Programming Fundamentals/Arrays

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An array is a data type that represents a collection of elements (values or variables), each selected by one or more indices (identifying keys) that can be computed at run time during program execution. Such a collection is usually called an array variable, array value, or simply array.[1] Some programming languages may refer to arrays as lists. This lesson introduces defined-value arrays, fixed-length arrays, and dynamic arrays.

Objectives and Skills[edit | edit source]

Objectives and skills for this lesson include:

  • Understand single and multi-dimensional arrays
  • Understand dynamic arrays
  • Use arrays to implement program functionality

Readings[edit | edit source]

  1. Rebus: Programming Fundamentals
  2. Wikipedia: Array data type
  3. Wikipedia: Dynamic array

Multimedia[edit | edit source]

  1. YouTube: Programming For Beginners - Arrays
  2. YouTube: Programming For Beginners - Dictionaries and Hashes
  3. YouTube: Static Arrays vs. Dynamic Arrays
  4. YouTube: An Overview of Arrays and Memory (Data Structures and Algorithms #2)
  5. YouTube: What is an Array? - Processing Tutorial

Practice[edit | edit source]

Examples[edit | edit source]

Activities[edit | edit source]

Complete the following activities using pseudocode, a flowcharting tool, or your selected programming language. Use separate functions for input, each type of processing, and output. Avoid global variables by passing parameters and returning results. Create test data to validate the accuracy of each program. Add comments at the top of the program and include references to any resources used.

Defined-Value Arrays[edit | edit source]

  1. Review MathsIsFun: Leap Years. Create a program with a defined array where each entry is the number of days in the corresponding month (January = 31, February = 28 or 29 depending on year, March = 31, etc.). Build a parallel string array with the names of each month. Ask the user to enter a year and month number and then look up the corresponding month name and number of days and display the information. Continue accepting input until the user enters an invalid year or invalid month number.[2]
  2. Review Wikipedia: Zeller's congruence. Create a program that asks the user for their birthday (year, month, and day) and then calculate and display the day of the week on which they were born. Use an array lookup to convert the numeric day of the week to the correct string representation (Monday, Tuesday, Wednesday, etc.).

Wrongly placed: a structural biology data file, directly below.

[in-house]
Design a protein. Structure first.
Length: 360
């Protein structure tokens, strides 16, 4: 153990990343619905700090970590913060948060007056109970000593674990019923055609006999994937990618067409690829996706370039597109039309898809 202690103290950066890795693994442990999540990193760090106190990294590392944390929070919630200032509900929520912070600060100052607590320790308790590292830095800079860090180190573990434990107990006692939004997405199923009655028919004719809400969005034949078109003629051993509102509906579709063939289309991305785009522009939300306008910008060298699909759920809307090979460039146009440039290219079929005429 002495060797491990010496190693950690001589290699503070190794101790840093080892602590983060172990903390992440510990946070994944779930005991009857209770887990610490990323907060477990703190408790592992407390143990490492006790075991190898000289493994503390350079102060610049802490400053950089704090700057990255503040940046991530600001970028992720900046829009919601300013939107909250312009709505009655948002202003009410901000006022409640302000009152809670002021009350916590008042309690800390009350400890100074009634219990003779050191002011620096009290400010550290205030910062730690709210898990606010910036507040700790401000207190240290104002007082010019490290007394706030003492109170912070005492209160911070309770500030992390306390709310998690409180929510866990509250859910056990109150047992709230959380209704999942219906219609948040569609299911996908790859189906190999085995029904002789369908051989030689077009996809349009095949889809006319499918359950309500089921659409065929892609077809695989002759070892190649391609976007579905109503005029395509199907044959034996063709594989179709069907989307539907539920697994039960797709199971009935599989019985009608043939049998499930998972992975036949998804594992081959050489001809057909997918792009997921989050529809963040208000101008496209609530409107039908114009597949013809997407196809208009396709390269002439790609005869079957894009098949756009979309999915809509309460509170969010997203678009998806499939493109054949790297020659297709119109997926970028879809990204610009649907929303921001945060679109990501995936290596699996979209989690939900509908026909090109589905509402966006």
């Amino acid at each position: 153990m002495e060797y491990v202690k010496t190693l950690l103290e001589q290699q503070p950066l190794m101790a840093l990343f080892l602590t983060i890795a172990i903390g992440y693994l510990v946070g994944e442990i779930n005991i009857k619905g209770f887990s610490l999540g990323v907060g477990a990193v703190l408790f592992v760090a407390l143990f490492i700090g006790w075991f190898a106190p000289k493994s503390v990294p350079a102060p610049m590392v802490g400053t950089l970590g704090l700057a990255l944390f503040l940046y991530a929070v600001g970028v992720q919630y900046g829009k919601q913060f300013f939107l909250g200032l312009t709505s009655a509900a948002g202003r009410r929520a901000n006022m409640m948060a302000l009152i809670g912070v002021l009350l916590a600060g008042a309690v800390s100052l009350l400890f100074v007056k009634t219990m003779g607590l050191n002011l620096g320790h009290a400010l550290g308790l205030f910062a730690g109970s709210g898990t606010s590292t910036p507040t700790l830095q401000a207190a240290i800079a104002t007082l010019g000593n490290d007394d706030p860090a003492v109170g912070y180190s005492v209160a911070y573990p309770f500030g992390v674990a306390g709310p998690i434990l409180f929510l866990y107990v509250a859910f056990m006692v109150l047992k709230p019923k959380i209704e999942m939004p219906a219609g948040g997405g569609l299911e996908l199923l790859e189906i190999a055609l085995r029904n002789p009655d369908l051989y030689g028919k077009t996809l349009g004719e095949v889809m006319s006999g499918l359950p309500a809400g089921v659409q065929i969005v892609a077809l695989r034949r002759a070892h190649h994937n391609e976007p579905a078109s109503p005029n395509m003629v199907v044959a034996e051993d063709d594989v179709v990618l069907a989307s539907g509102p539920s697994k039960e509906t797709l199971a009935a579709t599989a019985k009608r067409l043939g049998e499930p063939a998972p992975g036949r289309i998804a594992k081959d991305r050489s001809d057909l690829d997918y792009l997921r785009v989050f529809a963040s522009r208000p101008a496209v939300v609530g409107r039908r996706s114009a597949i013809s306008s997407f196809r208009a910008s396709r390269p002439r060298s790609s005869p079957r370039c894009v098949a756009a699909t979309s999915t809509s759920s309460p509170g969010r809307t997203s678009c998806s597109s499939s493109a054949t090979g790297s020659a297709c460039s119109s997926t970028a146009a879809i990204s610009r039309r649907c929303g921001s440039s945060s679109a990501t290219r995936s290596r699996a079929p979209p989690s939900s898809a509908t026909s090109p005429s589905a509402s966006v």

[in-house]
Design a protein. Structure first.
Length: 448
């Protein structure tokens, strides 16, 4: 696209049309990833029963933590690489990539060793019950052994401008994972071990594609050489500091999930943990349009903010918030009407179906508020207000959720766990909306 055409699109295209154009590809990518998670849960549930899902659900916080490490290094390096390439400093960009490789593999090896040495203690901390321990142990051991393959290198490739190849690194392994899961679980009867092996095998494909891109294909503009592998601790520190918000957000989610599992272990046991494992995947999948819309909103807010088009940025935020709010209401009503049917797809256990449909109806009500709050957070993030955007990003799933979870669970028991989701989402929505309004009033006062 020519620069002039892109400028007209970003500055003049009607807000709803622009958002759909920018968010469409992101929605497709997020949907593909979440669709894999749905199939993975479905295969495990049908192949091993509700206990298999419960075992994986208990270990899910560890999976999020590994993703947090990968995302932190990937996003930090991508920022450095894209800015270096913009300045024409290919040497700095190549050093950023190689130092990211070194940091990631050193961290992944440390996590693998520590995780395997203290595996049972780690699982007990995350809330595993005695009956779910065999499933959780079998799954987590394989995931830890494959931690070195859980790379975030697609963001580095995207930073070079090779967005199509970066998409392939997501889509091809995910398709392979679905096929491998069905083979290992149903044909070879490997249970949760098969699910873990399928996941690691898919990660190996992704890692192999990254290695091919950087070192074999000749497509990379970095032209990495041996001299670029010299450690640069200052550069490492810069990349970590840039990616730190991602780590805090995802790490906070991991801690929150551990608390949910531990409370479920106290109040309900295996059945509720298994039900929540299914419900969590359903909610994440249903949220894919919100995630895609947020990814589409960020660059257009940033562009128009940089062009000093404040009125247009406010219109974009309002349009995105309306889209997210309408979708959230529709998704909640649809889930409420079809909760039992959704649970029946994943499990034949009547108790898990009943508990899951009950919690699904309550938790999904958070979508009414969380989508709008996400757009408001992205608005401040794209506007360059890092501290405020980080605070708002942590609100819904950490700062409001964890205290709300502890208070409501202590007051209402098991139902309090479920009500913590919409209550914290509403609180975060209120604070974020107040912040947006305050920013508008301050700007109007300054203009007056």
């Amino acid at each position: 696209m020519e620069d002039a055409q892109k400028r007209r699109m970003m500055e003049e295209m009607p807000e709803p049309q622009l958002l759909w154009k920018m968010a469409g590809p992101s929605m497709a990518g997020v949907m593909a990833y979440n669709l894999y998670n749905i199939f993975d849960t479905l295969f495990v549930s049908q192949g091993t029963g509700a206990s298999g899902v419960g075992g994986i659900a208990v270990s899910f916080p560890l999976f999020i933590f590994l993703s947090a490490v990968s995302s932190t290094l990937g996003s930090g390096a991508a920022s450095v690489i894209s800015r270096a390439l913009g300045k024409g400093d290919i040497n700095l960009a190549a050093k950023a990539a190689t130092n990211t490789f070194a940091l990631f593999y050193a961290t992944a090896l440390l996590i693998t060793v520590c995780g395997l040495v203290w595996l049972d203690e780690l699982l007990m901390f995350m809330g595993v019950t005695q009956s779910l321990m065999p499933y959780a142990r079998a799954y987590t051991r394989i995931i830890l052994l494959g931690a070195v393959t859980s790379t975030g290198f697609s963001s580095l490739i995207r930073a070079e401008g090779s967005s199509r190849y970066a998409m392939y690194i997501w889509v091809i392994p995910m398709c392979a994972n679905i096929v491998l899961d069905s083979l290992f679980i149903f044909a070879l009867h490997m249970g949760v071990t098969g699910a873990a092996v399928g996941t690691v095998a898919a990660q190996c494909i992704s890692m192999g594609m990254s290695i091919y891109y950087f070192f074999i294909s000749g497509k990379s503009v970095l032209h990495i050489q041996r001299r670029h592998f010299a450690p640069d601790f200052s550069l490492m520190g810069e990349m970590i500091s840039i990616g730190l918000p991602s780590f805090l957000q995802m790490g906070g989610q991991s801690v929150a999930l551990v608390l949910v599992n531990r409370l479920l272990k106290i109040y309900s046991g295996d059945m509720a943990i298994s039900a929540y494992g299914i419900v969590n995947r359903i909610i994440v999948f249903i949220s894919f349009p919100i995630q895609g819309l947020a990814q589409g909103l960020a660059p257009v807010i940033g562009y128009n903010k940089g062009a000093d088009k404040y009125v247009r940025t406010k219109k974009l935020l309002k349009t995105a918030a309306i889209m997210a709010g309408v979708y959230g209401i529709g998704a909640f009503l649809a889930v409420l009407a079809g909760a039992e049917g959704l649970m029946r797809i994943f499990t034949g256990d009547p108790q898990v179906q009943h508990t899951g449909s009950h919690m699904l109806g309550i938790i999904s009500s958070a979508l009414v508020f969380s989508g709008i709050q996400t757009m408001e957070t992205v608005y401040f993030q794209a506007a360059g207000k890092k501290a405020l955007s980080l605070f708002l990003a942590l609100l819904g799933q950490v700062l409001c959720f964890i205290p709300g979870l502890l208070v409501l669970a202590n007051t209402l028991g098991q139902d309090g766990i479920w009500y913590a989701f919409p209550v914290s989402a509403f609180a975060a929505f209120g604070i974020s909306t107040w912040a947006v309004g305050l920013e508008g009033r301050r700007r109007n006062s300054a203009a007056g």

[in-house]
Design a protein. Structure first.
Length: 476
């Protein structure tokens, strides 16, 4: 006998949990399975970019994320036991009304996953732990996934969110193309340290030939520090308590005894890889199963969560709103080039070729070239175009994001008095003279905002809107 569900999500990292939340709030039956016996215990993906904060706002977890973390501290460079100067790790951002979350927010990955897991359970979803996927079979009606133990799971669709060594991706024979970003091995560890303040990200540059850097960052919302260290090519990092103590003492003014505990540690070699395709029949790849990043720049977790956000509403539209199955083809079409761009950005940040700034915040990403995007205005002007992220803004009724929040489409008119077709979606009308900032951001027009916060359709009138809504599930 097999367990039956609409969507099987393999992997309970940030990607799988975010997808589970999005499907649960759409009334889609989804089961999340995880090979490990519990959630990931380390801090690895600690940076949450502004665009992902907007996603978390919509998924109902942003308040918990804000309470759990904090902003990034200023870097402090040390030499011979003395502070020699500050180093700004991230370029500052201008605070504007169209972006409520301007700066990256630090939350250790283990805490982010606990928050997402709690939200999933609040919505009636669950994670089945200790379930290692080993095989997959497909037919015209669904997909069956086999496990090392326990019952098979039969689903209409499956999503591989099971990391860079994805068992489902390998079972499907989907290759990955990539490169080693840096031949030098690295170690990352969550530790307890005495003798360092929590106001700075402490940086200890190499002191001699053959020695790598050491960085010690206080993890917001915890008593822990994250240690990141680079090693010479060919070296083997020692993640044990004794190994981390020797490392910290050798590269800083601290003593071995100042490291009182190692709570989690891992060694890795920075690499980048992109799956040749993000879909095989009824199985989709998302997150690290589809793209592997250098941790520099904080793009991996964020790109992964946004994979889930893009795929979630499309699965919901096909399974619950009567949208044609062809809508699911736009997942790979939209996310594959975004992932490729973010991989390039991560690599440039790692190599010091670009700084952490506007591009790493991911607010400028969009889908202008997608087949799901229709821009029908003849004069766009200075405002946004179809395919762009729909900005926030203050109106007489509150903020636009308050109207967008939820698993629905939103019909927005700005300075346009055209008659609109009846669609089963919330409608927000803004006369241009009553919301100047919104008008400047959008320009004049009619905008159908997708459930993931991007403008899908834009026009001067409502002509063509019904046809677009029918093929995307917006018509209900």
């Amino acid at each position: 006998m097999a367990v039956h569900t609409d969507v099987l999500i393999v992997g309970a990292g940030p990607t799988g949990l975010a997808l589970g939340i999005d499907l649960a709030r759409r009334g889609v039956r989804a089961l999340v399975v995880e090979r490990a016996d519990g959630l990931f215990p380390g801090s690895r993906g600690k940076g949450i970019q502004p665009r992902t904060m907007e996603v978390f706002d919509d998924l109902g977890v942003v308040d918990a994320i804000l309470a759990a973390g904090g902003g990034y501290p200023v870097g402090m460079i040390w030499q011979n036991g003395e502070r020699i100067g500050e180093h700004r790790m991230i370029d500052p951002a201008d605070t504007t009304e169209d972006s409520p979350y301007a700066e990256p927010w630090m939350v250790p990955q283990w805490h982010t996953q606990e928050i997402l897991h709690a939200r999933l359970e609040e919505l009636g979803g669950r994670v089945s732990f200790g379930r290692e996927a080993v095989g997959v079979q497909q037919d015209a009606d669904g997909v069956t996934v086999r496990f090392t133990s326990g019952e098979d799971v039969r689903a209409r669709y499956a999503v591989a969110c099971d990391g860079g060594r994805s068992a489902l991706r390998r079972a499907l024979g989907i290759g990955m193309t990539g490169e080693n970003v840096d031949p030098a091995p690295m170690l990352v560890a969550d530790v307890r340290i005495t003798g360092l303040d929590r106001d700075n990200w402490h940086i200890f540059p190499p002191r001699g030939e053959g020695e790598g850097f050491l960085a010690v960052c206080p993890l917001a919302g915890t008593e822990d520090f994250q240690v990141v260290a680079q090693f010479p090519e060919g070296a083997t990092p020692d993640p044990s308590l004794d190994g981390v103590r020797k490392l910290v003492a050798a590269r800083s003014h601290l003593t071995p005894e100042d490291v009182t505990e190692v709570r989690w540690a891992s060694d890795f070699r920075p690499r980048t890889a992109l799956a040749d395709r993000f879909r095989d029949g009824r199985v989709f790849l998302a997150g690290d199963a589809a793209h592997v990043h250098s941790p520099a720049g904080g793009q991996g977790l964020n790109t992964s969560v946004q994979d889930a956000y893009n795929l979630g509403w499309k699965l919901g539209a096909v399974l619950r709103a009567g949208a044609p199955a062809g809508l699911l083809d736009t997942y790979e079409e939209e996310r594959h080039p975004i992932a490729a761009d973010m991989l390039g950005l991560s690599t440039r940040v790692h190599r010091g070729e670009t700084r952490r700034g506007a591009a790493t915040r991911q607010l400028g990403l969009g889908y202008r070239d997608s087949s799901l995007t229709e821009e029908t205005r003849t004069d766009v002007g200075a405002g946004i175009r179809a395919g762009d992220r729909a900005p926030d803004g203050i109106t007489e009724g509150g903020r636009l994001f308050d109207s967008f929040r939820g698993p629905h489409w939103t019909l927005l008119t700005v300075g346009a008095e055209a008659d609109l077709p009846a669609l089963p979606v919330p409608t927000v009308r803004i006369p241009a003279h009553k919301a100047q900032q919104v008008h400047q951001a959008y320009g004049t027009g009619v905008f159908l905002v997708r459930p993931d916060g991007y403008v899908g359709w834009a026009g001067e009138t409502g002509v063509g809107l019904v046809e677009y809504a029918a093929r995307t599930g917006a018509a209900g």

Fixed-Length Arrays[edit | edit source]

  1. Review MathsIsFun: Definition of Average. Create a program that asks the user to enter grade scores. Start by asking the user how many scores they would like to enter. Then use a loop to request each score and add it to a static (fixed-size) array. After the scores are entered, calculate and display the high, low, and average for the entered scores.
  2. Review Wikipedia: Monty Hall problem. Create a program that uses an array to simulate the three doors. Use 0 (zero) to indicate goats and 1 (one) to indicate the car. Clear each "door" and then use a random number function to put the number 1 in one of the array elements. Then use the random number function to randomly select one of the three elements. Run the simulation in a loop 100 times to confirm a 1/3 chance of winning. Then run the simulation again, this time switching the selection after a 0 (goat) is removed from the remaining choices. Run the simulation in a loop 100 times to confirm a 2/3 chance of winning by switching.
  3. If your programming language supports it, use a built-in sort function to sort the grade scores from the activity above and display the array in order from highest score to lowest score.

Dynamic Arrays / Lists[edit | edit source]

  1. If your programming language supports it, update the grade score program above to replace the static array with a dynamic array, and extend the array as each item is added to the array. Continue accepting scores until the user enters a negative value.
  2. Review Khan Academy: A guessing game. Write a program that allows the user to think of a number between 0 and 100, inclusive. Then have the program try to guess their number. Start at the midpoint (50) and ask the user if their number is (h)igher, (l)ower, or (e)qual to the guess. If they indicate lower, guess the new midpoint (25). If they indicate higher, guess the new midpoint (75). Record each guess in an array and continue efficiently guessing higher or lower until they indicate equal. Finally, display the array/list of guesses made while attempting to guess their number and end the program.
  3. If your programming language supports it, use a built-in sort function to sort the grade scores from the activity above and display the array in order from highest score to lowest score.

Lesson Summary[edit | edit source]